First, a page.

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Modification of the worker's ordinary working day without reduction due to conciliation of personal, family and working life

| Publications | Employment Law and Social Security

Regarding ECJ 18 of September 2019 (interpretation art. 34.8 WS before its modification by RDL 6/2019)

The Court of Justice of the European Union ("ECJ") has ruled in its judgment of 18 September on the question referred for a preliminary ruling by Madrid Employment Division No 33, in a dispute between Mr Jesús Manuel Ortiz Moreno and the UTE Luz Madrid Centro, concerning the conformity of Article 37.6 WS to Union provisions - in particular Directive 2006/54/EC of the European Parliament and of the Council of 5 July 2006 on the implementation of the principle of equal opportunities and equal treatment of men and women in matters of employment and occupation ("Directive 2006/54") and Directive 2010/18/EU of 8 March 2010 implementing the revised Framework Agreement on parental leave ("Directive 2010/18").

Given the evident update that this pronouncement could represent with respect to the modifications introduced by RD-Law 6/2019, in the basic labour standards of the labour-juridical order, in relation to measures for conciliation of work, personal and family life, below is a brief and practical analysis of its main considerations.  These are its keys:

 a.- The lawsuit brought before the Employment Division 33 of Madrid: application for assignment to the morning shift under article 34.8 WS

The origin of the question referred to the ECJ lies in the refusal of a request for a specific time for reasons of conciliation, the worker being interested in the modification of his ordinary working day consisting of morning, afternoon and evening rotating shifts and his exclusive assignment to the morning shift for the care of his two children, maintaining his schedule and remuneration unchanged.

As a first conclusion, it is significant to specify that the request for adaptation of the working day occurs prior to the entry into force of RD-Law 6/2019, that is to say, with the previous wording of article 34.8 of the ET, which stated: "The worker shall have the right to adapt the duration and distribution of the working day in order to make effective his right to the conciliation of personal, family and working life in the terms established in collective bargaining or in the agreement reached with the employer, respecting, where applicable, the provisions of the former".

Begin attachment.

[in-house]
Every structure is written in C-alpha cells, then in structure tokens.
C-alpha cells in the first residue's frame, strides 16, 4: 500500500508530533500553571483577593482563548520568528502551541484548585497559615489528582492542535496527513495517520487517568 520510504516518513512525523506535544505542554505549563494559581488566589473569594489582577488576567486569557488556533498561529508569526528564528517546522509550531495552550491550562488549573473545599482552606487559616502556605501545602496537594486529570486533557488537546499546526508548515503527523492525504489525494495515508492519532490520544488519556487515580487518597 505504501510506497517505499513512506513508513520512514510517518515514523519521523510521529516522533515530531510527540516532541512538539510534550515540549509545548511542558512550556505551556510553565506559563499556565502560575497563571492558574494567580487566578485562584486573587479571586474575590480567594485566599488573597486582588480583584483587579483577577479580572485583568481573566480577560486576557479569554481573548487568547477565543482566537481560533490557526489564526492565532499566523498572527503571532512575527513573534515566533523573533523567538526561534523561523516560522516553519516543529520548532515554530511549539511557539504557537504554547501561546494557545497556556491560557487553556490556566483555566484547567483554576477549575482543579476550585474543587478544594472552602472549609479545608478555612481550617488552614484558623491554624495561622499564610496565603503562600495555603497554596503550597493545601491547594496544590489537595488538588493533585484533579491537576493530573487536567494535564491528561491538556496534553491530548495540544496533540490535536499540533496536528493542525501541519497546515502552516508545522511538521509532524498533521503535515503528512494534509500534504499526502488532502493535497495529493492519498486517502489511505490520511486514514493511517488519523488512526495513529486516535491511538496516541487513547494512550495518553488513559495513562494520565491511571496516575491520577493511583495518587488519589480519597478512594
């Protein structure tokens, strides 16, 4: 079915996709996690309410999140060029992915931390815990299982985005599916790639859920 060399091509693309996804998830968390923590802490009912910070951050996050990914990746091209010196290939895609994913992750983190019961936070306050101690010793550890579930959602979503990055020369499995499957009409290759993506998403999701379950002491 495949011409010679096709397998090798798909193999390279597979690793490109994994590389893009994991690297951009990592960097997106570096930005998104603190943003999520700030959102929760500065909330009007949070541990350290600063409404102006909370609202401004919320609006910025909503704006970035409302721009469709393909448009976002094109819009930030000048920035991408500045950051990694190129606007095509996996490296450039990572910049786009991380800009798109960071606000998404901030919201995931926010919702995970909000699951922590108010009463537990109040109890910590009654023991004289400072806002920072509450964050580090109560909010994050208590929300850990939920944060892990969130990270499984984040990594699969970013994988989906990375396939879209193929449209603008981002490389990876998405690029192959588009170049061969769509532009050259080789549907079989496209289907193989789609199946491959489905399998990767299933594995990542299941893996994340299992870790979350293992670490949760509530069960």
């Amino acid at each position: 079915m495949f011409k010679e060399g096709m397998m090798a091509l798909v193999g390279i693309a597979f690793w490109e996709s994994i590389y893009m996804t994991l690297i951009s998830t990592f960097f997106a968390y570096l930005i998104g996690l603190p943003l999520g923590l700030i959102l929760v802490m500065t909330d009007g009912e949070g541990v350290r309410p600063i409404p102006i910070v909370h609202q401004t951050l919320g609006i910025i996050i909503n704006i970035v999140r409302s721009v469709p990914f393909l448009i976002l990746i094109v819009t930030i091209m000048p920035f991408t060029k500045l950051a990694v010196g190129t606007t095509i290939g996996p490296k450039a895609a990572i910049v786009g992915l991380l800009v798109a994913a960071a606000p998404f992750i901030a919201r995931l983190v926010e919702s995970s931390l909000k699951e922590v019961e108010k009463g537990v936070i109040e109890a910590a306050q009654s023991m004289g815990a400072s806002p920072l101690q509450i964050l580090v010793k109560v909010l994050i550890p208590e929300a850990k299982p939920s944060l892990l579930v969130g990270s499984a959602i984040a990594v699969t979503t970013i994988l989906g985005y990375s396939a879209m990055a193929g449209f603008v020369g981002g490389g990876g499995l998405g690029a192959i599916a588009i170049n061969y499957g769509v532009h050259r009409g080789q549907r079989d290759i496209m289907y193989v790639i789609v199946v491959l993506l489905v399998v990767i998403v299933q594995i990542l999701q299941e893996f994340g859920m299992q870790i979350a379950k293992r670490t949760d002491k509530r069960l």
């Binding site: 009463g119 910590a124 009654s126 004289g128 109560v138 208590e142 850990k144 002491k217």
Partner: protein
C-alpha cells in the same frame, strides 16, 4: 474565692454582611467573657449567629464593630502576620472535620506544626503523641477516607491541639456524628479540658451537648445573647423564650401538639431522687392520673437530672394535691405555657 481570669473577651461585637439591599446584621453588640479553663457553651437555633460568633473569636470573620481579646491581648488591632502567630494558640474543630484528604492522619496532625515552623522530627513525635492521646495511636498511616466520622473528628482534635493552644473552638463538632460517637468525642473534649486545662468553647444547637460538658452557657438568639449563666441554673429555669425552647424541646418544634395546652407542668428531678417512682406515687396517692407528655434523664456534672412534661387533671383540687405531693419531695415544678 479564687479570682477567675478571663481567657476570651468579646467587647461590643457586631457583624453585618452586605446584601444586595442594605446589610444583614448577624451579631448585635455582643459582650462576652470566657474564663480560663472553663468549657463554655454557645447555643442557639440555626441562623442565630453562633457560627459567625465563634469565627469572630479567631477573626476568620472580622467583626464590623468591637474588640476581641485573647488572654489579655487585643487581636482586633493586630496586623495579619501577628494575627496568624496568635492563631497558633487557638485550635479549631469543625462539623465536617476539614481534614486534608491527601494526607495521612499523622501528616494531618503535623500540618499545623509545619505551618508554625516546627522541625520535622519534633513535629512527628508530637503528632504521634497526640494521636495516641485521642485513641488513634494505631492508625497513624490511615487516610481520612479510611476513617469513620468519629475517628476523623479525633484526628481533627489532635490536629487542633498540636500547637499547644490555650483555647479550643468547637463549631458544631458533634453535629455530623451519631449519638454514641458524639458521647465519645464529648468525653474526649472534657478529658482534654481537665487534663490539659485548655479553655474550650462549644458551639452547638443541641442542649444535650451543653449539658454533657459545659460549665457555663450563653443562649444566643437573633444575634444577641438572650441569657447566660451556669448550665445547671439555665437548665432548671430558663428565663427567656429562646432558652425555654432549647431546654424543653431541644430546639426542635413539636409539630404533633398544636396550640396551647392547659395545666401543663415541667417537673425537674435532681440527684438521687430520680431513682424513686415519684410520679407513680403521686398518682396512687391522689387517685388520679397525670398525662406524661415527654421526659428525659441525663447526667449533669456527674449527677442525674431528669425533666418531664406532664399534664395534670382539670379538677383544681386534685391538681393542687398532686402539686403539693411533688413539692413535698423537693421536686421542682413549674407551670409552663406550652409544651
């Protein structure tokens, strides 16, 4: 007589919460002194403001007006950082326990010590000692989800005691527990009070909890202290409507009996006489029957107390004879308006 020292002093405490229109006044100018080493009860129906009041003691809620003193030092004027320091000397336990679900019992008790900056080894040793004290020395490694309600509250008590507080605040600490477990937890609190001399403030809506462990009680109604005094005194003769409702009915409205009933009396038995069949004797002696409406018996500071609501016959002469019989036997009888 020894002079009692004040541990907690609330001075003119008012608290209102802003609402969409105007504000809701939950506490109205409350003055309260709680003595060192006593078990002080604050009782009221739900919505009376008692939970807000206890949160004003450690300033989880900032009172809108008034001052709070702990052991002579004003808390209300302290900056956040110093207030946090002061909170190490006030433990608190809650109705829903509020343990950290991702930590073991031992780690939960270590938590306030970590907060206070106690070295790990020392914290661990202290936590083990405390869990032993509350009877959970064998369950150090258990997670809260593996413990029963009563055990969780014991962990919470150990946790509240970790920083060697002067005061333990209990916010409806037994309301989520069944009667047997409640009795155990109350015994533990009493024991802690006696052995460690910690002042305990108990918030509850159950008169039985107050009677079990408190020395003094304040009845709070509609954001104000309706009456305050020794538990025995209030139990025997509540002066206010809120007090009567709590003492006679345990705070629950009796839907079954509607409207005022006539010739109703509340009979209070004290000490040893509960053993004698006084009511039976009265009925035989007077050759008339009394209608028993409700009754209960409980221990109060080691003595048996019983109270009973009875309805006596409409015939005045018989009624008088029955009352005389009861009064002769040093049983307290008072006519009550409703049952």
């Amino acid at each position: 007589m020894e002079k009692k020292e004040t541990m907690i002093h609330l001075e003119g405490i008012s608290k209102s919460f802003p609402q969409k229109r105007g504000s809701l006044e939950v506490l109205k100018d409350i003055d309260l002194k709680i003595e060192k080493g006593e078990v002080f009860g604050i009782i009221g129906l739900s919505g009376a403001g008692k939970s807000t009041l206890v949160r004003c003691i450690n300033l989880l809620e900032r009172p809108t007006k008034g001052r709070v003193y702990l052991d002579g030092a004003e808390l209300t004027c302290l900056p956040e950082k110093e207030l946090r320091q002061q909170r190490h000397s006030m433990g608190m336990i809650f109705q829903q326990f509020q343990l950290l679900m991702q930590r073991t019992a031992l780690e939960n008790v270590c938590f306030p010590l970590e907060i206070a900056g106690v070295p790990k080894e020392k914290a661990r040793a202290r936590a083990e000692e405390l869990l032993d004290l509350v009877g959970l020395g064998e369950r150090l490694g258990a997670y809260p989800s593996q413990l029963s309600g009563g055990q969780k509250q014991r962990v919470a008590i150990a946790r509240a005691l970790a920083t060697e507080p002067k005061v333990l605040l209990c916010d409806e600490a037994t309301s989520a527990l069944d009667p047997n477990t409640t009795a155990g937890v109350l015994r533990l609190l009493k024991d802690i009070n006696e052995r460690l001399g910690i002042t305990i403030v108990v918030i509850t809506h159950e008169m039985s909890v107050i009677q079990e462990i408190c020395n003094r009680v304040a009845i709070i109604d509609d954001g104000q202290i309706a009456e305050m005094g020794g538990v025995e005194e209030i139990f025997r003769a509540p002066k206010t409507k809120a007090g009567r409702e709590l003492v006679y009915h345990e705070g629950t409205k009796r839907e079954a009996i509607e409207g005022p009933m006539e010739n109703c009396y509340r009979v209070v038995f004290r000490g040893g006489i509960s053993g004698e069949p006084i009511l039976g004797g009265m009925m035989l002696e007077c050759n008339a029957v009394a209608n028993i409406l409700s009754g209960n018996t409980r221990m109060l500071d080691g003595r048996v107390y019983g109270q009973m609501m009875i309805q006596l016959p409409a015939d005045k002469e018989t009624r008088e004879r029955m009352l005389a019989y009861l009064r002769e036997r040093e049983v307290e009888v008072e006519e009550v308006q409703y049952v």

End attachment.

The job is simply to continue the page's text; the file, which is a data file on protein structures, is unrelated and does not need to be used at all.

That is why, in the absence of any provision in the applicable Collective Bargaining Agreement, as well as the absence of an agreement between the interested parties, the Court brings the controversy back to the right to reduction of working hours provided for in article 37.6 WS, since, in the absence of the previous budgets, it considers inapplicable the right to adaptation of working hours without reduction provided for in article 34.8 WS.

b.- The question referred to the Court of Justice of the European Union for a preliminary ruling

As a consequence of the foregoing, Social No. 33 of Madrid raises before the ECJ whether Article 37.6 WS would have to be considered contrary to European Union law -Directive 2006/54 and Directive 2010/18- by requiring the worker, in order to make effective his right of conciliation to attend to the direct care of minors or dependent family members, to reduce his ordinary working day and proportional salary, without, consequently, being able to take advantage of a fixed schedule when his ordinary working day regime corresponds to rotating shifts- as well as the possible existence of a discriminatory action contrary to the provisions of the Union, since it is the female gender that habitually takes advantage of such measures.

c.- The decision of the Court of Justice of the European Union

Following the analysis of the issue raised, the ECJ reaches two main conclusions:

(i). - With regard to Directive 2006/54: it declares inadmissible a pronouncement in this respect, inasmuch as, without prejudice to the fact that conciliation rights are mainly exercised by women, no specific consequence, disadvantage or discriminatory result specifies the national judicial body which allows the ECJ to assess the case in question.